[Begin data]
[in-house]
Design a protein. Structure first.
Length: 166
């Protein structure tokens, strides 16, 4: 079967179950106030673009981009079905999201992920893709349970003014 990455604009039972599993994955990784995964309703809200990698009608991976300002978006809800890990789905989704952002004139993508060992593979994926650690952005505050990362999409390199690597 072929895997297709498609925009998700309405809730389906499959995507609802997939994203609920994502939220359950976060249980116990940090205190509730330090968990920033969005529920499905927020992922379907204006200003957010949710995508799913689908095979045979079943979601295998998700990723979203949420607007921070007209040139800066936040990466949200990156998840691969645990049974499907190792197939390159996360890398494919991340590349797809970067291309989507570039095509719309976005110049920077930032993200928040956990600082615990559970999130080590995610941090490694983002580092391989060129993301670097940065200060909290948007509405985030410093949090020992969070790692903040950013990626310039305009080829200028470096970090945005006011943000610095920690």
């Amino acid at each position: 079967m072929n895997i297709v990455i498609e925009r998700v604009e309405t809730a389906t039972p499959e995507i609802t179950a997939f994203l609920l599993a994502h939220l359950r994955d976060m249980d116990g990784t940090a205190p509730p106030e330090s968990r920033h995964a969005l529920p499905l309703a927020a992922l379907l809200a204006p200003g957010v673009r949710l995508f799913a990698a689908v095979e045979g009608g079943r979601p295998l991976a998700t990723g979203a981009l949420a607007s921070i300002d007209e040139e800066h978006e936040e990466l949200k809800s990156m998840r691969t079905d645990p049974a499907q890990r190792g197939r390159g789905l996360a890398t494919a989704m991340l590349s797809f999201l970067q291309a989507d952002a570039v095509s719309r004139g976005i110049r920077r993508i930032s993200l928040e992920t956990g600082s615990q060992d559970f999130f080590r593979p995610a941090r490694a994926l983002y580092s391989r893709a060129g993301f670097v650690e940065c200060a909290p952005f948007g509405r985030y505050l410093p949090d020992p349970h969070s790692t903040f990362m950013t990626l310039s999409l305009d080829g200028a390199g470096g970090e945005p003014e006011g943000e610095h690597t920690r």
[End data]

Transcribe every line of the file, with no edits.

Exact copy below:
[in-house]
Design a protein. Structure first.
Length: 166
């Protein structure tokens, strides 16, 4: 079967179950106030673009981009079905999201992920893709349970003014 990455604009039972599993994955990784995964309703809200990698009608991976300002978006809800890990789905989704952002004139993508060992593979994926650690952005505050990362999409390199690597 072929895997297709498609925009998700309405809730389906499959995507609802997939994203609920994502939220359950976060249980116990940090205190509730330090968990920033969005529920499905927020992922379907204006200003957010949710995508799913689908095979045979079943979601295998998700990723979203949420607007921070007209040139800066936040990466949200990156998840691969645990049974499907190792197939390159996360890398494919991340590349797809970067291309989507570039095509719309976005110049920077930032993200928040956990600082615990559970999130080590995610941090490694983002580092391989060129993301670097940065200060909290948007509405985030410093949090020992969070790692903040950013990626310039305009080829200028470096970090945005006011943000610095920690």
């Amino acid at each position: 079967m072929n895997i297709v990455i498609e925009r998700v604009e309405t809730a389906t039972p499959e995507i609802t179950a997939f994203l609920l599993a994502h939220l359950r994955d976060m249980d116990g990784t940090a205190p509730p106030e330090s968990r920033h995964a969005l529920p499905l309703a927020a992922l379907l809200a204006p200003g957010v673009r949710l995508f799913a990698a689908v095979e045979g009608g079943r979601p295998l991976a998700t990723g979203a981009l949420a607007s921070i300002d007209e040139e800066h978006e936040e990466l949200k809800s990156m998840r691969t079905d645990p049974a499907q890990r190792g197939r390159g789905l996360a890398t494919a989704m991340l590349s797809f999201l970067q291309a989507d952002a570039v095509s719309r004139g976005i110049r920077r993508i930032s993200l928040e992920t956990g600082s615990q060992d559970f999130f080590r593979p995610a941090r490694a994926l983002y580092s391989r893709a060129g993301f670097v650690e940065c200060a909290p952005f948007g509405r985030y505050l410093p949090d020992p349970h969070s790692t903040f990362m950013t990626l310039s999409l305009d080829g200028a390199g470096g970090e945005p003014e006011g943000e610095h690597t920690r």